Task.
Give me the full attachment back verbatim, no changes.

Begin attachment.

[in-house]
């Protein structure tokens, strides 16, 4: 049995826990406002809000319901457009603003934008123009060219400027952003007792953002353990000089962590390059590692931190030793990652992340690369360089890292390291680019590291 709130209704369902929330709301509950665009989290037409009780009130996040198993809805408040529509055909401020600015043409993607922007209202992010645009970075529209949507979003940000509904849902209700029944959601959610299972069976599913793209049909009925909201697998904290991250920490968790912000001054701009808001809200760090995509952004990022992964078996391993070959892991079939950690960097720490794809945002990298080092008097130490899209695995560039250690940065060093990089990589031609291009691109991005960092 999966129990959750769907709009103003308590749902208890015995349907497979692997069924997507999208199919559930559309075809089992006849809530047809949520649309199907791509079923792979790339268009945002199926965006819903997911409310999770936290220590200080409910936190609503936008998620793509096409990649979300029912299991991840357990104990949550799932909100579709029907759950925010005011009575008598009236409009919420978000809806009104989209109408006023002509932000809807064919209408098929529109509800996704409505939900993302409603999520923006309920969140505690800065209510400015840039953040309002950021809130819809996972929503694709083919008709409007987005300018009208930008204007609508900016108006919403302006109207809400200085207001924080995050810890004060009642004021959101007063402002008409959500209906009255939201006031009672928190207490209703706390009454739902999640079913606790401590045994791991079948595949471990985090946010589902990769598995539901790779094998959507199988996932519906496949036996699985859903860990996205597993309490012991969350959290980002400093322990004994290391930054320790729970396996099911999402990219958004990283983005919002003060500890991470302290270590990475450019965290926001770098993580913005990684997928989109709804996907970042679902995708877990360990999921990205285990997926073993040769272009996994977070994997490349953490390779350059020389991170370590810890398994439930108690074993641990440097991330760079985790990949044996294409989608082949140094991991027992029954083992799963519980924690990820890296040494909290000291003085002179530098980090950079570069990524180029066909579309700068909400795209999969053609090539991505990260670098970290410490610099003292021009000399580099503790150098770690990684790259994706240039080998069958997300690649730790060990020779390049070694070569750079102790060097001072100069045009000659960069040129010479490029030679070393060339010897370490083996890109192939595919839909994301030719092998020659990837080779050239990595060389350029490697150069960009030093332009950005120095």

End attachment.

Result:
[in-house]
């Protein structure tokens, strides 16, 4: 049995826990406002809000319901457009603003934008123009060219400027952003007792953002353990000089962590390059590692931190030793990652992340690369360089890292390291680019590291 709130209704369902929330709301509950665009989290037409009780009130996040198993809805408040529509055909401020600015043409993607922007209202992010645009970075529209949507979003940000509904849902209700029944959601959610299972069976599913793209049909009925909201697998904290991250920490968790912000001054701009808001809200760090995509952004990022992964078996391993070959892991079939950690960097720490794809945002990298080092008097130490899209695995560039250690940065060093990089990589031609291009691109991005960092 999966129990959750769907709009103003308590749902208890015995349907497979692997069924997507999208199919559930559309075809089992006849809530047809949520649309199907791509079923792979790339268009945002199926965006819903997911409310999770936290220590200080409910936190609503936008998620793509096409990649979300029912299991991840357990104990949550799932909100579709029907759950925010005011009575008598009236409009919420978000809806009104989209109408006023002509932000809807064919209408098929529109509800996704409505939900993302409603999520923006309920969140505690800065209510400015840039953040309002950021809130819809996972929503694709083919008709409007987005300018009208930008204007609508900016108006919403302006109207809400200085207001924080995050810890004060009642004021959101007063402002008409959500209906009255939201006031009672928190207490209703706390009454739902999640079913606790401590045994791991079948595949471990985090946010589902990769598995539901790779094998959507199988996932519906496949036996699985859903860990996205597993309490012991969350959290980002400093322990004994290391930054320790729970396996099911999402990219958004990283983005919002003060500890991470302290270590990475450019965290926001770098993580913005990684997928989109709804996907970042679902995708877990360990999921990205285990997926073993040769272009996994977070994997490349953490390779350059020389991170370590810890398994439930108690074993641990440097991330760079985790990949044996294409989608082949140094991991027992029954083992799963519980924690990820890296040494909290000291003085002179530098980090950079570069990524180029066909579309700068909400795209999969053609090539991505990260670098970290410490610099003292021009000399580099503790150098770690990684790259994706240039080998069958997300690649730790060990020779390049070694070569750079102790060097001072100069045009000659960069040129010479490029030679070393060339010897370490083996890109192939595919839909994301030719092998020659990837080779050239990595060389350029490697150069960009030093332009950005120095």